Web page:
Raven said she appreciates the conversation her remarks, on Oprah Winfrey’s Where Are They Now, started; however, she would like the discourse to be a bit more respectful.
“Keep your disrespectful, mean, hurtful, words in a diary for yourself. Personal attacking is not needed, and no matter what race, nationality, culture, or womb you came out of; strive for respect,” read a note on Raven’s Facebook page.
Many people were surprised by Raven’s POV, when she shared that she doesn’t like being labeled “African-American” or “lesbian,” even though she is in a same-sex relationship.
Raven explained that she doesn’t identify with Africa and that her experience has been that of an American; however, some interpreted her words as an attempt to distance herself from Black culture.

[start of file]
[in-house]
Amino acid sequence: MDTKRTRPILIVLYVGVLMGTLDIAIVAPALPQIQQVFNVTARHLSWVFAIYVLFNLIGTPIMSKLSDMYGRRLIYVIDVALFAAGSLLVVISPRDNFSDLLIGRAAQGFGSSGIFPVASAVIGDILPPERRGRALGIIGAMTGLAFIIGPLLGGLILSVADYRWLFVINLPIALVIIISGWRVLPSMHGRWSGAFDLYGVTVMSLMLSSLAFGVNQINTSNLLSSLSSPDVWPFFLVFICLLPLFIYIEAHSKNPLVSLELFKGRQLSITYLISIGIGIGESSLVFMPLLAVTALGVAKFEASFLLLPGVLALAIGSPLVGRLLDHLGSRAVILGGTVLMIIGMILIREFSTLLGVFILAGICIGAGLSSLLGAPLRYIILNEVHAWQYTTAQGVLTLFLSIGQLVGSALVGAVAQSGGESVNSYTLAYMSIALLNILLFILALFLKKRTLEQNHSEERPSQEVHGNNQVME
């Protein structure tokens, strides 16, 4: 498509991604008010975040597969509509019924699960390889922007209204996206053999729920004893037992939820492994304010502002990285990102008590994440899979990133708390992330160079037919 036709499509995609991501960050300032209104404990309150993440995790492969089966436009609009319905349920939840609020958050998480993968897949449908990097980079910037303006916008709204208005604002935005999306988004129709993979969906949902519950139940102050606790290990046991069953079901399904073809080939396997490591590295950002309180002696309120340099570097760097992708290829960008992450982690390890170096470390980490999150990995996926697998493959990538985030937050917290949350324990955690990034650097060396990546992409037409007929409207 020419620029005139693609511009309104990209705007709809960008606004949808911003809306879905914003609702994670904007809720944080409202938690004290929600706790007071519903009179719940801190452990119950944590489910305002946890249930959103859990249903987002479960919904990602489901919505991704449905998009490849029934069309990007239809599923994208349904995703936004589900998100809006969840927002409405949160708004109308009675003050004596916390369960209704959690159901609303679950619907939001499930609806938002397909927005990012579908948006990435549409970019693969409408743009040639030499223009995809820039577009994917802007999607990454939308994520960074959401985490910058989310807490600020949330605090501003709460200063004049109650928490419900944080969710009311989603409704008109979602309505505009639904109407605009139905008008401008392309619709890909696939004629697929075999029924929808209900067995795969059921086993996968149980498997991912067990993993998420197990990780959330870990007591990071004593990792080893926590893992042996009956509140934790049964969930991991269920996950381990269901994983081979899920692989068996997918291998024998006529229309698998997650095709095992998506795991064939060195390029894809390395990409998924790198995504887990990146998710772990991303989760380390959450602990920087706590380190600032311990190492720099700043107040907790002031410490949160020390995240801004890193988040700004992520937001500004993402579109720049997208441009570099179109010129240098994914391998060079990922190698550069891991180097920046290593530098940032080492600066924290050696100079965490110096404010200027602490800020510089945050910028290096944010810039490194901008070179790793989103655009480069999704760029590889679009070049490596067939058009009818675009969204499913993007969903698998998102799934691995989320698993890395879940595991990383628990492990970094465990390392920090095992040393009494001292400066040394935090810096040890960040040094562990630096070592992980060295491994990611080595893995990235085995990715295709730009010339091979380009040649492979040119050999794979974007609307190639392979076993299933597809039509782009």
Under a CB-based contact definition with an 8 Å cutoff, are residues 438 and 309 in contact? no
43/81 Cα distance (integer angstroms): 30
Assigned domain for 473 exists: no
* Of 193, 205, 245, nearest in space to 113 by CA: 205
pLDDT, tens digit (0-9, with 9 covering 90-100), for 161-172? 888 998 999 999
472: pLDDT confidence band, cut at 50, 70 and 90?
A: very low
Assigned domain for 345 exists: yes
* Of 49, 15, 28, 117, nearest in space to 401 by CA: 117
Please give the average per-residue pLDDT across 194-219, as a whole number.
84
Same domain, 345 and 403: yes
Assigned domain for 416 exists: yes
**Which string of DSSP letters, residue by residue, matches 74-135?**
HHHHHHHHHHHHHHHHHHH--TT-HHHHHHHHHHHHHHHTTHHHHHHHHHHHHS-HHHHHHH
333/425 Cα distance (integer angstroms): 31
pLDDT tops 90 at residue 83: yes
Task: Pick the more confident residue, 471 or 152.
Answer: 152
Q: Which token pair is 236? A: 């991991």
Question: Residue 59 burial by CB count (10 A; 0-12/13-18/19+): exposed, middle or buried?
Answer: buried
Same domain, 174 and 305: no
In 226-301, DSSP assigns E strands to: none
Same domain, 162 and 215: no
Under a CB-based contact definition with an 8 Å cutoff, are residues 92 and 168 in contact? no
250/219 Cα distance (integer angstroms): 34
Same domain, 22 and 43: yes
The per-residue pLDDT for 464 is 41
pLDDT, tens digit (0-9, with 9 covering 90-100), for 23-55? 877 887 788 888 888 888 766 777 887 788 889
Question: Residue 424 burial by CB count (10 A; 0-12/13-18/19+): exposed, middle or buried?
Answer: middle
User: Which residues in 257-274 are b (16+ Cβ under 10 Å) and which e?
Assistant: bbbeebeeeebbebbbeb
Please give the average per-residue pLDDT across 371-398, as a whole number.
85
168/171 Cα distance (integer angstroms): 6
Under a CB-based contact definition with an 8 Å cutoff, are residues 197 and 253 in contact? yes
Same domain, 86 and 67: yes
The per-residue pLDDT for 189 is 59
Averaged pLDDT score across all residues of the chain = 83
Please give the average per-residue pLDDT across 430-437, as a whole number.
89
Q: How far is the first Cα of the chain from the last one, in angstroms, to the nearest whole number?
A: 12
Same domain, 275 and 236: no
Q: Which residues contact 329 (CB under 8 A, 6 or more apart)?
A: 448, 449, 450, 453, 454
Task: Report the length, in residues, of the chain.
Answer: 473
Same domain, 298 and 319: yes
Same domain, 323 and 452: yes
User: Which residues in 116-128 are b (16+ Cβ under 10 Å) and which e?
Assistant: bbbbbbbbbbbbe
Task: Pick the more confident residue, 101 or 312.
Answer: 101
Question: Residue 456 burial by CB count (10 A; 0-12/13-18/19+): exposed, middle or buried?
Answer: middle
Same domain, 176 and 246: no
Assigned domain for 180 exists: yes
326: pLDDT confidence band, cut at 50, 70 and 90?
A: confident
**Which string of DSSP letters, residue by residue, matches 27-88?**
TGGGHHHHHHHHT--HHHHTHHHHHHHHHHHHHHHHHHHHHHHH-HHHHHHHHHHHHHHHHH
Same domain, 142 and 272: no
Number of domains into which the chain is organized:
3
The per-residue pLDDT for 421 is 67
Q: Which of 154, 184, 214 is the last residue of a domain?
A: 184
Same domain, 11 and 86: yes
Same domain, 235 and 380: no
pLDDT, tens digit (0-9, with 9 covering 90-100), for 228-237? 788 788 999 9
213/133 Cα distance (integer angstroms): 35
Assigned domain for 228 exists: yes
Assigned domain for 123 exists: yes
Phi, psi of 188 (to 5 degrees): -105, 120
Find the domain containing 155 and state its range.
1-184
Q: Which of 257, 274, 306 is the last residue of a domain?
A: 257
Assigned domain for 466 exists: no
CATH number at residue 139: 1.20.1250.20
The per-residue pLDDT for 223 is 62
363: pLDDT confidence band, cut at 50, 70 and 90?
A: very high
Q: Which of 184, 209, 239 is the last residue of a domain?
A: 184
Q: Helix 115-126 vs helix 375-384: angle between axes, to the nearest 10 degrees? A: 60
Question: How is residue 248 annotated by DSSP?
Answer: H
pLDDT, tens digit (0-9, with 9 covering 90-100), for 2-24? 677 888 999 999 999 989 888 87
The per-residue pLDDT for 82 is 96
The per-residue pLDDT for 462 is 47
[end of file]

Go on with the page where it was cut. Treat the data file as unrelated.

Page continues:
That resulted in essays, articles, news reports, tweets and blog posts about Raven and race.
Raven, who later clarified that she never denied being Black, said those who came before her — no matter their ethnicity — knew how to express themselves without all the anger.
“Our ancestors of all races had the courage to stand up for what they believed in no matter what the fight,” she wrote. “Back then I hope the motto wasn’t… ‘the more haters the better.’”
Despite the delivery, Raven, who said her mother reads the hateful posts by critics, reiterated that she’s glad folks are discussing race, ethnicity and what it really means to be African-American.
“I’m glad there are conversations happening. Our generation tends to stay comfortable, at times, with issues and topics that need to be addressed,” she said.